Mr. Giles adds, “For the “Christian” to lean politically to the left means that he must blow off huge chunks of the Bible and replace Scripture with the make-believe notions of PC’s malleable “Christ.” Only after torturing Scripture can the Christian then fit current Liberalism into his supposed relationship with God.” I would love to know what “huge chucks” he is talking about, because it seems to me the topics he selects to defend this statement are a few lines at best, and those lines are open to interpretation, and therein lays the rub. You see, for many Conservatives one must interpret the scriptures as they desire; any deviation from that interpretation is seen as heresy. I don’t know about you, but my Jesus is anything but malleable. The Jesus I follow challenges me on a regular basis to live my life in grace and forgiveness. He calls me to forgive those who have harmed me, and to extend to them the grace of his love. The Jesus I know confronts me, challenges me, demands from me, and wrestles with me and mostly he calls me into a relationship with others while working out my journey of faith. My faith is relevant, and addresses my life in the circles of society. I have never felt closeted in my faith, or felt that the government is striving to stamp out my faith. Because my faith is in me, so no one can tell me what I think is wrong. While my faith guides me, I can’t force others to follow the path I walk. This, I believe, is the main difference between Liberals and Conservatives. Conservatives desire that everyone follow the way they do, and if you don’t you are tagged a heretic, or worse. For the Conservatives, the idea of “go and make disciples” is seen as “go and force everyone to follow the way we do.”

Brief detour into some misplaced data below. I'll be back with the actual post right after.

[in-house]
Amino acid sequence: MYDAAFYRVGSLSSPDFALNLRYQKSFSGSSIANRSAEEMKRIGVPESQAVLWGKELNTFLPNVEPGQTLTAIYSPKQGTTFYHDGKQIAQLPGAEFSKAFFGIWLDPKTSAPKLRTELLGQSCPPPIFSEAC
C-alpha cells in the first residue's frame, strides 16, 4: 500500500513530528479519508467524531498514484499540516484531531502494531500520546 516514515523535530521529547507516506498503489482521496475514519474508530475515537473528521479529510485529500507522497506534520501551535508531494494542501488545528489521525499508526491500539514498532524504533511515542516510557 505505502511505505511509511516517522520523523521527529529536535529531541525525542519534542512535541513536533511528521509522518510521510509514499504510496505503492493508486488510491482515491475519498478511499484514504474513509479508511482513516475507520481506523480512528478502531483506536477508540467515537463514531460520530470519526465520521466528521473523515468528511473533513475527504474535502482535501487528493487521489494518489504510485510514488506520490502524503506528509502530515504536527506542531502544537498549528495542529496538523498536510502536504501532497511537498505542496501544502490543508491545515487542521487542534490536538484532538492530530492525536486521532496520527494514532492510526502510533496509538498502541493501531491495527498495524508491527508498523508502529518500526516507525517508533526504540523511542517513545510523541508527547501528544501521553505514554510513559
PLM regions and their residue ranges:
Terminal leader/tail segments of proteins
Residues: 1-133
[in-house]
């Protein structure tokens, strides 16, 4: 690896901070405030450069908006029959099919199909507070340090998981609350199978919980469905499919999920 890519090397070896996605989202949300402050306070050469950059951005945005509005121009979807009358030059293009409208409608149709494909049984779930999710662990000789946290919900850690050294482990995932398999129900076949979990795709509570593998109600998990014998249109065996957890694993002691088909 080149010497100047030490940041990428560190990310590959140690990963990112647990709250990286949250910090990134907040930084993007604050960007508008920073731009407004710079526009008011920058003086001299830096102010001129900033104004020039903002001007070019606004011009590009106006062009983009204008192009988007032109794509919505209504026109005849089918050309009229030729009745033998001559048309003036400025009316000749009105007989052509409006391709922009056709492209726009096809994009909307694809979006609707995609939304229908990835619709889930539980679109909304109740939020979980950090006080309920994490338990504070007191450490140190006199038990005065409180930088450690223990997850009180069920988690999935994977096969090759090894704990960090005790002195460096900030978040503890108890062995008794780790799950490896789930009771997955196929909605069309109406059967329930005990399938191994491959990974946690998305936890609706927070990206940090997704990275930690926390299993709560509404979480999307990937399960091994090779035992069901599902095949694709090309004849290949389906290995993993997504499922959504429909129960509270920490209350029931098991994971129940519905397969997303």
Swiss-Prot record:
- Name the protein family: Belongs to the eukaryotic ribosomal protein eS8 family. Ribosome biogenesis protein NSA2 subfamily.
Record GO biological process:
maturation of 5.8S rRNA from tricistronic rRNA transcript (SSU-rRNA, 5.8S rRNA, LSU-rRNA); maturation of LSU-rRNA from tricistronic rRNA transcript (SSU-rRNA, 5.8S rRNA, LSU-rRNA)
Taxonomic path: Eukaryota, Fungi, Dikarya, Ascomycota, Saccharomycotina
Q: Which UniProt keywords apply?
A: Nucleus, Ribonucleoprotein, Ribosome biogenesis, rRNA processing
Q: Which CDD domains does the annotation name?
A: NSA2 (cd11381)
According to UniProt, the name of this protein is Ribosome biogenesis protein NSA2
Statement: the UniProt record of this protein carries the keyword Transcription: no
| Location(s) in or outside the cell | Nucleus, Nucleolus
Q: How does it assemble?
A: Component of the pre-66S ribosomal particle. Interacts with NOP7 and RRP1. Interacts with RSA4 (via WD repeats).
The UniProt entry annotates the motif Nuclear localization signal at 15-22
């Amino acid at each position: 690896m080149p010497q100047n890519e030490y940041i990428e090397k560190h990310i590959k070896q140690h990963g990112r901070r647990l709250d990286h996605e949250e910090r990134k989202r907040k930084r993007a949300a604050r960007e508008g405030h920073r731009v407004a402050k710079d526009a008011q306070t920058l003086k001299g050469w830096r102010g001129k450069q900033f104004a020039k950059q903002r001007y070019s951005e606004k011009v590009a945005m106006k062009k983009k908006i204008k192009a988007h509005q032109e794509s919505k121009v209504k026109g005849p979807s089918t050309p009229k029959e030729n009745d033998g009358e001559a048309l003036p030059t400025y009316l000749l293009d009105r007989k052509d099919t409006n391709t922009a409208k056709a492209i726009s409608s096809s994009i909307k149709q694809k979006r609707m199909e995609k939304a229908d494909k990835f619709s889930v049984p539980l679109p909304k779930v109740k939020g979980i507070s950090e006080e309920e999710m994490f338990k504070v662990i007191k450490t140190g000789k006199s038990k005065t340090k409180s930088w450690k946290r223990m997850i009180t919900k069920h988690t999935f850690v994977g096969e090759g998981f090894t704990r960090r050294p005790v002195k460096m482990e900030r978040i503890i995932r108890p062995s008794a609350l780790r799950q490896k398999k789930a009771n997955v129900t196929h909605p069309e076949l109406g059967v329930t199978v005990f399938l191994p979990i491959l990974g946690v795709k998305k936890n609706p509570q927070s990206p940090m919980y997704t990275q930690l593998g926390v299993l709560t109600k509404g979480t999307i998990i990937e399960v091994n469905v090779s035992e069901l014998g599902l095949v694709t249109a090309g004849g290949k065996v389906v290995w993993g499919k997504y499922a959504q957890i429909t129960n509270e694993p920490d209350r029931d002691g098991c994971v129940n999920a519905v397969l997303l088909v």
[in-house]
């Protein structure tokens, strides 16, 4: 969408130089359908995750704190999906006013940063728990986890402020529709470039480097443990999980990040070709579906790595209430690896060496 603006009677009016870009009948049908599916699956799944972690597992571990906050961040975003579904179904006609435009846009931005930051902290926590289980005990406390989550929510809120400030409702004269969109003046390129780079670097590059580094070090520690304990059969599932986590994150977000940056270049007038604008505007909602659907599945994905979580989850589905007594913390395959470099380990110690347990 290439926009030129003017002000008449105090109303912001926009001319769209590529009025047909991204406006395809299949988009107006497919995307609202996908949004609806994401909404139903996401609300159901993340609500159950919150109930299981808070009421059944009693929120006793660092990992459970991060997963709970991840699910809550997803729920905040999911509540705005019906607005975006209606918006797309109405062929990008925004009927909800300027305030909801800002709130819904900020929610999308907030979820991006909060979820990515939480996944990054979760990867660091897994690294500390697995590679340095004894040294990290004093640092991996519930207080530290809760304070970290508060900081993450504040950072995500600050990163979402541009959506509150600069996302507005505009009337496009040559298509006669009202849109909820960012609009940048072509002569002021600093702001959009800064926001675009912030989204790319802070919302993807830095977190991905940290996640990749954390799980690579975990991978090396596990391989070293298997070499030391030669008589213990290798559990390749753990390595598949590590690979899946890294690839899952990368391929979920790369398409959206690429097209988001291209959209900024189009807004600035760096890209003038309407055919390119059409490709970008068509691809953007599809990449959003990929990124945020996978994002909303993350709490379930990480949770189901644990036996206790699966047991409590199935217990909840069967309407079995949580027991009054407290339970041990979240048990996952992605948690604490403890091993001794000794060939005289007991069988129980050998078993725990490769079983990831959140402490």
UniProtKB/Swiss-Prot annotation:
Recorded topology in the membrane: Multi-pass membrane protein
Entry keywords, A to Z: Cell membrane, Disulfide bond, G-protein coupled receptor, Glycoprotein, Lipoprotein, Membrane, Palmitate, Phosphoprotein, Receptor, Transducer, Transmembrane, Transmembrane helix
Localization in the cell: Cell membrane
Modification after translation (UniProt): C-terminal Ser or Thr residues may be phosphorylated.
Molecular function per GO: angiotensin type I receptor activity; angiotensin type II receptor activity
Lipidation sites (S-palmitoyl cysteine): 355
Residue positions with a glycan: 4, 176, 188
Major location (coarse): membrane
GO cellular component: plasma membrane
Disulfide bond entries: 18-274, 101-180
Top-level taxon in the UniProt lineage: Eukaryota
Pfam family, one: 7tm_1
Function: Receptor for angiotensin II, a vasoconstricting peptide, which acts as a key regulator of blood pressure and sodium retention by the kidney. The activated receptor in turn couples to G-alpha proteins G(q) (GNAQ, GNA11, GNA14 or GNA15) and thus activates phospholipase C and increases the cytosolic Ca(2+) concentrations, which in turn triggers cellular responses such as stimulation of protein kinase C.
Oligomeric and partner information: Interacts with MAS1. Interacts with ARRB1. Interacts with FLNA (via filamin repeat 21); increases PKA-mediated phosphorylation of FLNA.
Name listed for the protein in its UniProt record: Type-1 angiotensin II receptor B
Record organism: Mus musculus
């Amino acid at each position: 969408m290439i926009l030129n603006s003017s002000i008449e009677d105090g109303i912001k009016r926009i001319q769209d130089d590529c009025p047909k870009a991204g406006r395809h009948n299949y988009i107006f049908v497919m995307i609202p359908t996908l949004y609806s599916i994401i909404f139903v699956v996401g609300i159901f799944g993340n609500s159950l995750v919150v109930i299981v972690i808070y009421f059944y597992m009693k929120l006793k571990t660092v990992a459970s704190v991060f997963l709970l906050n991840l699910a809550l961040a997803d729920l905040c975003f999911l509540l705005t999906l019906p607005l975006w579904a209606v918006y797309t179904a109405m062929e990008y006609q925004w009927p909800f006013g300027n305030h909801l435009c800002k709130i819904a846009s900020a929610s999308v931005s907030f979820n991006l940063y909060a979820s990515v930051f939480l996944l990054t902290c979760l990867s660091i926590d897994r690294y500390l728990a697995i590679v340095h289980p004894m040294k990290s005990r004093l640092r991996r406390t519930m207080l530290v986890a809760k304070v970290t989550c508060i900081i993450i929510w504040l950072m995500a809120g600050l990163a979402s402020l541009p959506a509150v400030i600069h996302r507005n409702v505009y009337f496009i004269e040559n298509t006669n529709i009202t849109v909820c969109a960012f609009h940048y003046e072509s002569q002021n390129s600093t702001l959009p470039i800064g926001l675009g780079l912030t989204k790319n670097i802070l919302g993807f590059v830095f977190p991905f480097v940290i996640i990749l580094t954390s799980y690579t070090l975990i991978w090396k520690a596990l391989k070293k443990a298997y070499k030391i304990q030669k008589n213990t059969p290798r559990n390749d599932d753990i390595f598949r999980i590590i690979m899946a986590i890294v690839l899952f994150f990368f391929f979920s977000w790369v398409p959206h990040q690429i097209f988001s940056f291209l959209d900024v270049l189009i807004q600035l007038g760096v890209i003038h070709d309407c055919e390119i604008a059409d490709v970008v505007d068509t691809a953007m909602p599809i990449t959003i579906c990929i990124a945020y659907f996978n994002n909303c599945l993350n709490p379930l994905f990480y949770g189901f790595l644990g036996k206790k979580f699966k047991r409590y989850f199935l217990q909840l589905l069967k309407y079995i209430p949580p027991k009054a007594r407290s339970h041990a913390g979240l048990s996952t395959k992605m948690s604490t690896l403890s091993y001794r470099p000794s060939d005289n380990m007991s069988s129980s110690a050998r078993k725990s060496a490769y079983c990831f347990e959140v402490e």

Being a Follower of Christ does not mean I skip “around the maypole” nor does it require that I wear “rose colored glasses.” It means I look at the world around me and see what I can do to make the changes that need to happen, to address the problems we face as human. My faith invites me to walk in the culture and become the incarnation of Christ to others. Because my faith is alive in me, it fills every part of my being; I can’t compartmentalize my faith. This means, my faith walks with me as I vote, as I work, as I interact with others. This causes me to love and care for others in deep meaningful ways. The problem is not with how I see my faith as a Liberal, but how Conservative see their faith, which I have found to be a systematic redefining of the teachings of Christ to fit some twisted political agenda.
In this, I do not seek to have a “Christian government.” What I desire is a government served by followers of Jesus. Conservatives desire to create legislation to demand changes on the individual while giving Corporate America a free ride. Their desire is the force people to think like them, while I see Liberals as striving to change the heart of the people to see the need for a common good. Conservative are under the misconception that we all need to bow to the “Judeo-Christian principles that formed the rock-solid foundation of this great American Experiment.” Those I know who are Liberal followers of Jesus bow only to Christ, and not some mythical, twisted “American Experience.”